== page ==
Hi everyone, I’m a Libra with a Sagittarius moon. That means that I am fundamentally oriented towards fairness and justice, see both sides of every situation, do what I say and get a lot done, and am well-dressed. I think most of that holds true, and my extended family would be especially proud of me opening with this descriptor. I grew up in an Indian household where my mother and relatives prescribed to Hindu astrology, where my horoscope was read every year (followed by specific religious rituals to thwart any bad luck), and where superstition ruled logic. Needless to say, my scientific and mathematical brain rejected it all and no one who knows me would expect me to introduce myself as a Libra with a Sagittarius moon. Surprise!


I heard about Banu and Co — Star from a number of different sources, and surprisingly, only two were investors. The first time I saw Co — Star was at a Friendsgiving dinner in New York, when most of the dinner attendees pulled out their phones and started comparing Co — Star readings. I was both impressed with and surprised by the offline behavior this app inspired. What was this mysterious brand that had captured the minds of these New York 20 and 30-somethings? Another close friend brought it up a few weeks later, pointing out a multi-stoned necklace he had purchased on Amazon after researching crystals that might suit his energy — a research journey that was catalyzed by life events and supported by Co — Star.

I couldn’t get it out of my head.

So I, the perceived non-believer, downloaded the app and nervously read about myself and my friends, nodding vigorously at some of the descriptions and wincing painfully at some of the truths that were tough to accept, but so apt in their understanding.

As a consumer investor and broadly as a student of human behavior and culture, I was sucked in. Not because I suddenly became an ardent follower of astrology, but because I saw something special in the CEO, Banu, and subsequently, in Co — Star. I saw gentle nudges to have hard conversations. I saw feelings and thoughts buried deep inside the brain manifested in simple phrases, gazing out from the stark black and white UI. I saw that even those who didn’t “believe” could find meaning, prompting, and learning from a different type of self-exploration. I saw that my own obsessive commitment to self-improvement and growth found refuge in the patience and small learnings the app afforded. Being open and reflective, a Maveron-ism if there ever was one, I saw myself using the app to help my own journaling and self-exploration through the days and weeks.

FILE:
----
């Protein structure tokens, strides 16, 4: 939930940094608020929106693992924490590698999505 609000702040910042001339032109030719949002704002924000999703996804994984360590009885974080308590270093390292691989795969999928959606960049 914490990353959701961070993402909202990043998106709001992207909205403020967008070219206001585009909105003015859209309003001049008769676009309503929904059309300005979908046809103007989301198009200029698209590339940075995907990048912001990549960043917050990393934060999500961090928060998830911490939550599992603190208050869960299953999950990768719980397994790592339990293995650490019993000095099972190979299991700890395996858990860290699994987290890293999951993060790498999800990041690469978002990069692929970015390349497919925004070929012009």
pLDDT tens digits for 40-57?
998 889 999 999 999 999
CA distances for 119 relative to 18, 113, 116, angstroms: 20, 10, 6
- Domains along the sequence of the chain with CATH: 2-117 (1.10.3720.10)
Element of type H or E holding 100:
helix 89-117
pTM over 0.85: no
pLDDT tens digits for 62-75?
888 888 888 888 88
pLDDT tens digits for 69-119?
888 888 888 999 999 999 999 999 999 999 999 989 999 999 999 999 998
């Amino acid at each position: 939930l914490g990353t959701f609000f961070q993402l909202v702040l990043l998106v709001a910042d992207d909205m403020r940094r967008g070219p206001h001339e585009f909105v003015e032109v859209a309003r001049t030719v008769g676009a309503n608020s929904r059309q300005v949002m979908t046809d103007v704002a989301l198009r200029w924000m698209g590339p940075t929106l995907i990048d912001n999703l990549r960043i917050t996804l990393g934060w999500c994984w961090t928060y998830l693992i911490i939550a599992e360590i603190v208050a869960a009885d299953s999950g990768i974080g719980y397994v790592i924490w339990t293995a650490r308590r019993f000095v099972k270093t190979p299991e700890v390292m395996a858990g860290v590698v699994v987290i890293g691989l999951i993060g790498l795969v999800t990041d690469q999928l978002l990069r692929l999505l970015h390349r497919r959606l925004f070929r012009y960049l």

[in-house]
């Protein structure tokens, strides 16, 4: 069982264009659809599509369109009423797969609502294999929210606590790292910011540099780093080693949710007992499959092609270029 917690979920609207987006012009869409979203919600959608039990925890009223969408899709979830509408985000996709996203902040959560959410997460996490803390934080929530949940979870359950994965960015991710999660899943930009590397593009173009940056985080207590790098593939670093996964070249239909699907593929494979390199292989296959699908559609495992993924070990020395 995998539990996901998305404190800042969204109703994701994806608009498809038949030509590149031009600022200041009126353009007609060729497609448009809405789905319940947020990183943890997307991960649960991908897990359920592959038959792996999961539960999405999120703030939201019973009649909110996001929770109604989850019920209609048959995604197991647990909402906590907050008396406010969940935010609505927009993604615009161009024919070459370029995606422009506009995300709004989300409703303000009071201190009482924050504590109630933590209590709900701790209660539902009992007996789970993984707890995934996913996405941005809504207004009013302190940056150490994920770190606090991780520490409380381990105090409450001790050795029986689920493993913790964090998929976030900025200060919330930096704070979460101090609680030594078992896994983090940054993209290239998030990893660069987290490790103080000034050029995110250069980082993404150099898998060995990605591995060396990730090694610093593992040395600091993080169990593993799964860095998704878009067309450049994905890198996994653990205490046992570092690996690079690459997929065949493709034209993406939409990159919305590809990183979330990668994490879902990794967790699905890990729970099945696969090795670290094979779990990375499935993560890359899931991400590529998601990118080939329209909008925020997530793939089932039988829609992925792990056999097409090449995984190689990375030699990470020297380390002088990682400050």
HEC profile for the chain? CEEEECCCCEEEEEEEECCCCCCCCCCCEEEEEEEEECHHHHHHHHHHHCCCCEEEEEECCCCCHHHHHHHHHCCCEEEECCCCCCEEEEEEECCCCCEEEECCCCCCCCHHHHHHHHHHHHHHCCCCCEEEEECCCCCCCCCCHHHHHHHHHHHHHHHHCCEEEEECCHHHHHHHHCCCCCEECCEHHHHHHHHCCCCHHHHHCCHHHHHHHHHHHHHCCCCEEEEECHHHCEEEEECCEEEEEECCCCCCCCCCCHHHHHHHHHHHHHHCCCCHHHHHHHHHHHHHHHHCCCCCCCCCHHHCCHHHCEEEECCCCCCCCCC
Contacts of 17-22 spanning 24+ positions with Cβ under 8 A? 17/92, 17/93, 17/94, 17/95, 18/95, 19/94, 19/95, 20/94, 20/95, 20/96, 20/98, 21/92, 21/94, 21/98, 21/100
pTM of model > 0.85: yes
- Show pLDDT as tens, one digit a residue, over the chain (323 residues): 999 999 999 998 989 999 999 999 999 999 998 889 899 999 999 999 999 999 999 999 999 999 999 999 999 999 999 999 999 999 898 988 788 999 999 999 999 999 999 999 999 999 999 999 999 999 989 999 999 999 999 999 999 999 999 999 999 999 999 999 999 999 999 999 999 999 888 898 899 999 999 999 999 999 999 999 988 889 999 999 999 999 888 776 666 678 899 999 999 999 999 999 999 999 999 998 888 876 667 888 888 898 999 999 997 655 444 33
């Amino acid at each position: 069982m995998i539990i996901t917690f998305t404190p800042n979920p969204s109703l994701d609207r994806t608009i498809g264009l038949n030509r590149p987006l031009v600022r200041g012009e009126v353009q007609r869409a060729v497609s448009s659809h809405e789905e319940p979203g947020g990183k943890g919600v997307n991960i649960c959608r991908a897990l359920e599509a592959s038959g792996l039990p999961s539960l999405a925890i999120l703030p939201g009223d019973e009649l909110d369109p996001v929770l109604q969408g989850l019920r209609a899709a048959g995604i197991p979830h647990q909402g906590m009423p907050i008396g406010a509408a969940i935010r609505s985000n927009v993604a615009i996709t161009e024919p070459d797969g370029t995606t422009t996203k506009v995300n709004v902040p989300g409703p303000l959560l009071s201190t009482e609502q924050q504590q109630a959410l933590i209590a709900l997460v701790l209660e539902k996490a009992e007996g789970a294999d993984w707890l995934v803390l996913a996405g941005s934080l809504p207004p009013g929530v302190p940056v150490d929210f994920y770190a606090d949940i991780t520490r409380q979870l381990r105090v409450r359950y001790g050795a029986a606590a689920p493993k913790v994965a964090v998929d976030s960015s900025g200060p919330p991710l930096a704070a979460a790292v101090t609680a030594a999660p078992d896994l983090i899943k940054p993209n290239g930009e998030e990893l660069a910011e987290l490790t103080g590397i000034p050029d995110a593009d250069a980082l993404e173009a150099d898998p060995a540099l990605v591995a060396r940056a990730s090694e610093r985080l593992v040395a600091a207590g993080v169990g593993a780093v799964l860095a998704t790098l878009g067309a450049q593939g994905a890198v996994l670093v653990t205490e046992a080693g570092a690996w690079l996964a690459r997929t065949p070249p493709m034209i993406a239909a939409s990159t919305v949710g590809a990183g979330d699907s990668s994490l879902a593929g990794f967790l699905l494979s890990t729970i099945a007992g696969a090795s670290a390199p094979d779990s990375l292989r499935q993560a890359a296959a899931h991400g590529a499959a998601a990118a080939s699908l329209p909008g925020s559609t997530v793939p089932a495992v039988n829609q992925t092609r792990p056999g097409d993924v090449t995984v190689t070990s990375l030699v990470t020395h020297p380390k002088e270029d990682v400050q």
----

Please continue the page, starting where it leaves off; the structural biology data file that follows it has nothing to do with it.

As the world gets more digitized, globalized, and politicized, people continue to search for meaning and community in their lives. Historically, communities have formed around culture and religion, and in many cases those are one and the same.

Today we’re excited to announce our series seed investment in Co — Star, a hyper-personalized social astrology app focused on giving people the tools to make sense of the world and their place in it. Co-Star does this by using NASA data and proprietary technology to build a complete map of the sky at the moment you were born, always knowing exactly where the stars are, and updating in real time.

You don’t have to believe in astrology to recognize that it accounts for $2B in annual spend, the three biggest astrology-based groups on Facebook have a combined follower count of over 5M, it has existed for 2,500 years, over half of millennials utilize it, and 60% of Americans consult astrology as a tool to understand themselves and their worlds.

Human beings searching for meaning is not a new phenomenon. The very basis of human existence lies in the question of understanding why we exist. There are myriad ways to seek answers to this very question, and young people are increasingly piecing resources together in a number of different ways. We see organized religion declining, with 35% of millennials rejecting any religious affiliation. We see ancient practices like yoga and meditation rapidly adopted and commercialized, with the percentage of people in the U.S. who practice meditation increasing from 4.1% in 2012 to 14.2% in 2017, and yoga going from 9.5% in 2012 to 14.3% in 2017. And continue to see millennials seeking meaning and purpose in a largely lonely western world. In an NBC news study, they found that of the surveyed adults, nearly half reported feeling alone or left out. And research by The Atlantic in 2017 showed that teens are less likely to date, drive, or have sex than ever before. In the seeking of purpose, at any given time, a young person’s potpourri could look something like the following:

  • Yoga, 2x a week
  • Meditation app, daily
  • Burning Man, 1x a year
  • Therapy, 1x a month
  • Gathering with friends and other like minded individuals, 4x a month

We believe that astrology can help fill the gap of an absent spiritual guide or practice, or play a different and powerful role amongst the suite of other purpose-seeking or mental health habits.

Co — Star prides itself in never prescribing or predicting the future, but rather gives advice, helps, and asks the right questions to inspire a person to start a conversation or to look deeply into a specific aspect of their life. Co — Star is not a crystal ball, it is a tool to better understand oneself across six elements; self, love & sex, spirituality, social life, thinking/creativity, and work.

We’re excited to partner with Banu, Ben, and Anna on their journey to build a movement.